Relaxed state of fitness for marathon man
TAKE to the Sunshine Coast streets from 6am on August 4 to cheer on the seniors competing in this year's 7 Sunshine Coast Marathon and Community Running Festival.
A tight-knit group of about 30 senior men and women will contest the 42.195km flat course which starts and finishes at Alexander Headland Surf Lifesaving Club.
In among the throng will be Tasmanian runner Michael Booth, 65, who is competing in his eighth Sunshine Coast marathon. On the sidelines will be his Coast-based eldest son Steven and Michael's ever-present wife and keen supporter Christine.
You might notice on Michael's white running shirt a photo of his daughter Alison. The Donate for Life advocate continues to recognise Alison, who died in 2011 from a brain bleed, and whose organs the family donated.
Michael has been running since he turned 48. After years of working hard to provide a good life for his family, he made the conscious decision to return to physical activity as an outlet for his enormous energy.
This month's marathon will be his 86th.
"I'm not an Olympic athlete. I cruise within my ability," Michael said.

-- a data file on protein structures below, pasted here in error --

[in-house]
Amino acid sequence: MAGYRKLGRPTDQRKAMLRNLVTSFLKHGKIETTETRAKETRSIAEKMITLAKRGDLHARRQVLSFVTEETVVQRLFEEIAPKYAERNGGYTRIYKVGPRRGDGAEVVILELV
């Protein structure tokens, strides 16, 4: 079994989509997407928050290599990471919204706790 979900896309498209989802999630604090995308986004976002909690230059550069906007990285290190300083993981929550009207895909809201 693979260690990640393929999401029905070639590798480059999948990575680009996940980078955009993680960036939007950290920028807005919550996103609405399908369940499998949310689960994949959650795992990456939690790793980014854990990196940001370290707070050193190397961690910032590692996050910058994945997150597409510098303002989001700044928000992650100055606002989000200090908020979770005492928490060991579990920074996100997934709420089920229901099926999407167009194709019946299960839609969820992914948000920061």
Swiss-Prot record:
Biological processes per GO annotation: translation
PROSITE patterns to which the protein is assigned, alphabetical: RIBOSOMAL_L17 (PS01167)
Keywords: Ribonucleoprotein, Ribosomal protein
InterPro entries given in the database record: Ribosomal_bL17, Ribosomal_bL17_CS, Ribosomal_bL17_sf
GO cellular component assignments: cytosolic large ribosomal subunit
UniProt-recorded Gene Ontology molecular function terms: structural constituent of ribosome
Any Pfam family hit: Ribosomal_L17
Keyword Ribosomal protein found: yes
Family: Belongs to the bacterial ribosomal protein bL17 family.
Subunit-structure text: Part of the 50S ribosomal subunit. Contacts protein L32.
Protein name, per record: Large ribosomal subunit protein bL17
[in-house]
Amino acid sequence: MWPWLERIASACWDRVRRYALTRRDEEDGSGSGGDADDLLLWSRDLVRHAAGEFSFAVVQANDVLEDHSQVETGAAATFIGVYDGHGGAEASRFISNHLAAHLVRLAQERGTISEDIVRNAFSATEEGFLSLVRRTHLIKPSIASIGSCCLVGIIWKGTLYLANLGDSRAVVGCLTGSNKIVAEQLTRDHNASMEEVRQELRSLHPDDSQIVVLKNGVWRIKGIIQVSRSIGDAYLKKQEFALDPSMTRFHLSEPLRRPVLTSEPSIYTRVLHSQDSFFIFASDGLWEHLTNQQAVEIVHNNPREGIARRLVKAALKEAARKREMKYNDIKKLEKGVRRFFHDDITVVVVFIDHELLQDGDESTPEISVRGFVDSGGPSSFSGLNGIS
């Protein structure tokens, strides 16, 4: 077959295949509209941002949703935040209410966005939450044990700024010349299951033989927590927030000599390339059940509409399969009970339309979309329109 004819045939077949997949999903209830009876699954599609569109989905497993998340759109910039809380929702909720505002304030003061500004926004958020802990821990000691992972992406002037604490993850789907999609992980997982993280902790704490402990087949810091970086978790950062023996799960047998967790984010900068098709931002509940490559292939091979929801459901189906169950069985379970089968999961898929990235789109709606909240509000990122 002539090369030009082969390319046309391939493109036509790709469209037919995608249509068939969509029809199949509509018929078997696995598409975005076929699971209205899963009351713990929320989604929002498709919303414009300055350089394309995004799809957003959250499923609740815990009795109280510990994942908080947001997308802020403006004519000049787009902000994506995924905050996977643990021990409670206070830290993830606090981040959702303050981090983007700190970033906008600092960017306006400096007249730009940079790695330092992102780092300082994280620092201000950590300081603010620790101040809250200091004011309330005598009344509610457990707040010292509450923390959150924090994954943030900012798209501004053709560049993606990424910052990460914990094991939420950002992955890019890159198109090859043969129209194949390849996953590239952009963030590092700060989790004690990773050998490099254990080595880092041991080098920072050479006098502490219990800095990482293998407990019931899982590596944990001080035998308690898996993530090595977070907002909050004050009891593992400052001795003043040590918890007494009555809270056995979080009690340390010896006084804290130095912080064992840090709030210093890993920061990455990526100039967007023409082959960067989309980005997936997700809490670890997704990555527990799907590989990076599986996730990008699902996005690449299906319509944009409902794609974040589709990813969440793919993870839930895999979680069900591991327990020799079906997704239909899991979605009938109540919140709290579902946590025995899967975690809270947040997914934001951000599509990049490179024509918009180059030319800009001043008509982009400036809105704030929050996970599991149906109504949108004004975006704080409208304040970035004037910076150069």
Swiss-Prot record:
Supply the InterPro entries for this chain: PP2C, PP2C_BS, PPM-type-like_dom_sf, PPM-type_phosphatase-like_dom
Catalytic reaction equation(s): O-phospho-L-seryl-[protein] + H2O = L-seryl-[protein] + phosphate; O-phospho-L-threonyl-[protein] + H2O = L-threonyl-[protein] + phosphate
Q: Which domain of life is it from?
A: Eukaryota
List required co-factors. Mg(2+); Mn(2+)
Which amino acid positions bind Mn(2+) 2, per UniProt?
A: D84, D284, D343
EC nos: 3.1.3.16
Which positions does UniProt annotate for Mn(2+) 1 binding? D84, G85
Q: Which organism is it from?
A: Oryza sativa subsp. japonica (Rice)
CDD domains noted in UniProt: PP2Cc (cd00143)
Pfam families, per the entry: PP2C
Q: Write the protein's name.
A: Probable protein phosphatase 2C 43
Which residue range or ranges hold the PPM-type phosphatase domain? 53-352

But that hasn't stopped him running on Olympic marathon courses in Rio, Sydney, Melbourne and Athens. Next year he hopes to compete in the Tokyo marathon.
"I am the only Tasmanian to run a marathon on the seven continents," Michael proudly states.
Alongside him, Christine is ready at each event to hand him the tools to keep him fuelled as he pushes himself to beat his race target. She often stands on the side of the marathon route ready to hand over a selection of food fuel for Michael to grab.
"Even though she isn't running beside me, I don't leave Tasmania without her," Michael said.
"From the day I started running I have washed my own running clothes. I don't expect her to do that."
The recently retired couple have driven to the Coast for this year's event. With the trusty caravan providing the transport, Michael and Christine are learning to be retired and to relax into becoming grey nomads.
"The other day my wife sent a text to my children saying 'Dad's just broken a world record. He sat down for 20 minutes and didn't do anything'," he said.
"My body will tell me when to sit down and not run anymore.
"I fully expect to still be running in my 80s."